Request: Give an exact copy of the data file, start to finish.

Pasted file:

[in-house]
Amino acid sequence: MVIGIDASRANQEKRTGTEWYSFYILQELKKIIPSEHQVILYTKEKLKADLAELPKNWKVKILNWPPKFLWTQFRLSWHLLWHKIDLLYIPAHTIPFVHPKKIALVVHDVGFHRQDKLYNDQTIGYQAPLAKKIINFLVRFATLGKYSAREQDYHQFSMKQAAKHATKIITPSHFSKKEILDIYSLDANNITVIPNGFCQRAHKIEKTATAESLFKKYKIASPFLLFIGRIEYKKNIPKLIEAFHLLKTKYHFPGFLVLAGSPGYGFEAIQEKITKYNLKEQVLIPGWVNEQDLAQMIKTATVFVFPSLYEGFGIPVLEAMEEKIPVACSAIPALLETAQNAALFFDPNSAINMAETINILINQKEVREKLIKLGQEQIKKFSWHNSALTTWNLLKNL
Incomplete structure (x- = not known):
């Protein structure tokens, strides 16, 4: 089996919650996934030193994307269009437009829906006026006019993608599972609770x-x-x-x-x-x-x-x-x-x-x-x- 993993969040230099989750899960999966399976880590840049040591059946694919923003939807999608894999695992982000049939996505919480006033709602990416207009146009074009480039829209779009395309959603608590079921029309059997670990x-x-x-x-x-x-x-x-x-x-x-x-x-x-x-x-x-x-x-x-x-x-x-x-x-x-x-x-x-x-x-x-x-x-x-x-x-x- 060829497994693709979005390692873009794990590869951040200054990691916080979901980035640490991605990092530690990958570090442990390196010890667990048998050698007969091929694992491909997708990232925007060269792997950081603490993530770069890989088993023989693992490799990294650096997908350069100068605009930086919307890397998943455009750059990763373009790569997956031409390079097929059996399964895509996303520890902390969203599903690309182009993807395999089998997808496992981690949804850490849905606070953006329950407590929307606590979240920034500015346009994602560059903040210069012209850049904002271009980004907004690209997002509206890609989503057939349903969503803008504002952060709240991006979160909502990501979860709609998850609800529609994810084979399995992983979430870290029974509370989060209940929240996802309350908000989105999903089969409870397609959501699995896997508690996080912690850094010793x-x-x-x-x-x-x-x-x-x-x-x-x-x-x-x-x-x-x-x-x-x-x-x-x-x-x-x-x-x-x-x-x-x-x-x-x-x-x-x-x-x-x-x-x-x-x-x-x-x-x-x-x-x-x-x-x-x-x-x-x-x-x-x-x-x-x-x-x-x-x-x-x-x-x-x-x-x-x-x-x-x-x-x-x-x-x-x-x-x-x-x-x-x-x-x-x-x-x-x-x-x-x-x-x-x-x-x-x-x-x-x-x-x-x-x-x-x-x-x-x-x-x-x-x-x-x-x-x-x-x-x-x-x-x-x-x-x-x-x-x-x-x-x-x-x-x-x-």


[in-house]
Amino acid sequence: MVIGIDASRANQEKRTGTEWYSFYILQELKKIIPSEHQVILYTKEKLKADLAELPKNWKVKILNWPPKFLWTQFRLSWHLLWHKIDLLYIPAHTIPFVHPKKIALVVHDVGFHRQDKLYNDQTIGYQAPLAKKIINFLVRFATLGKYSAREQDYHQFSMKQAAKHATKIITPSHFSKKEILDIYSLDANNITVIPNGFCQRAHKIEKTATAESLFKKYKIASPFLLFIGRIEYKKNIPKLIEAFHLLKTKYHFPGFLVLAGSPGYGFEAIQEKITKYNLKEQVLIPGWVNEQDLAQMIKTATVFVFPSLYEGFGIPVLEAMEEKIPVACSAIPALLETAQNAALFFDPNSAINMAETINILINQKEVREKLIKLGQEQIKKFSWHNSALTTWNLLKNL
Incomplete structure (x- = not known):
């Protein structure tokens, strides 16, 4: 089996919650996934030193994307269009437009829906006026006019993608599972609770x-x-x-x-x-x-x-x-x-x-x-x- 993993969040230099989750899960999966399976880590840049040591059946694919923003939807999608894999695992982000049939996505919480006033709602990416207009146009074009480039829209779009395309959603608590079921029309059997670990x-x-x-x-x-x-x-x-x-x-x-x-x-x-x-x-x-x-x-x-x-x-x-x-x-x-x-x-x-x-x-x-x-x-x-x-x-x- 060829497994693709979005390692873009794990590869951040200054990691916080979901980035640490991605990092530690990958570090442990390196010890667990048998050698007969091929694992491909997708990232925007060269792997950081603490993530770069890989088993023989693992490799990294650096997908350069100068605009930086919307890397998943455009750059990763373009790569997956031409390079097929059996399964895509996303520890902390969203599903690309182009993807395999089998997808496992981690949804850490849905606070953006329950407590929307606590979240920034500015346009994602560059903040210069012209850049904002271009980004907004690209997002509206890609989503057939349903969503803008504002952060709240991006979160909502990501979860709609998850609800529609994810084979399995992983979430870290029974509370989060209940929240996802309350908000989105999903089969409870397609959501699995896997508690996080912690850094010793x-x-x-x-x-x-x-x-x-x-x-x-x-x-x-x-x-x-x-x-x-x-x-x-x-x-x-x-x-x-x-x-x-x-x-x-x-x-x-x-x-x-x-x-x-x-x-x-x-x-x-x-x-x-x-x-x-x-x-x-x-x-x-x-x-x-x-x-x-x-x-x-x-x-x-x-x-x-x-x-x-x-x-x-x-x-x-x-x-x-x-x-x-x-x-x-x-x-x-x-x-x-x-x-x-x-x-x-x-x-x-x-x-x-x-x-x-x-x-x-x-x-x-x-x-x-x-x-x-x-x-x-x-x-x-x-x-x-x-x-x-x-x-x-x-x-x-x-």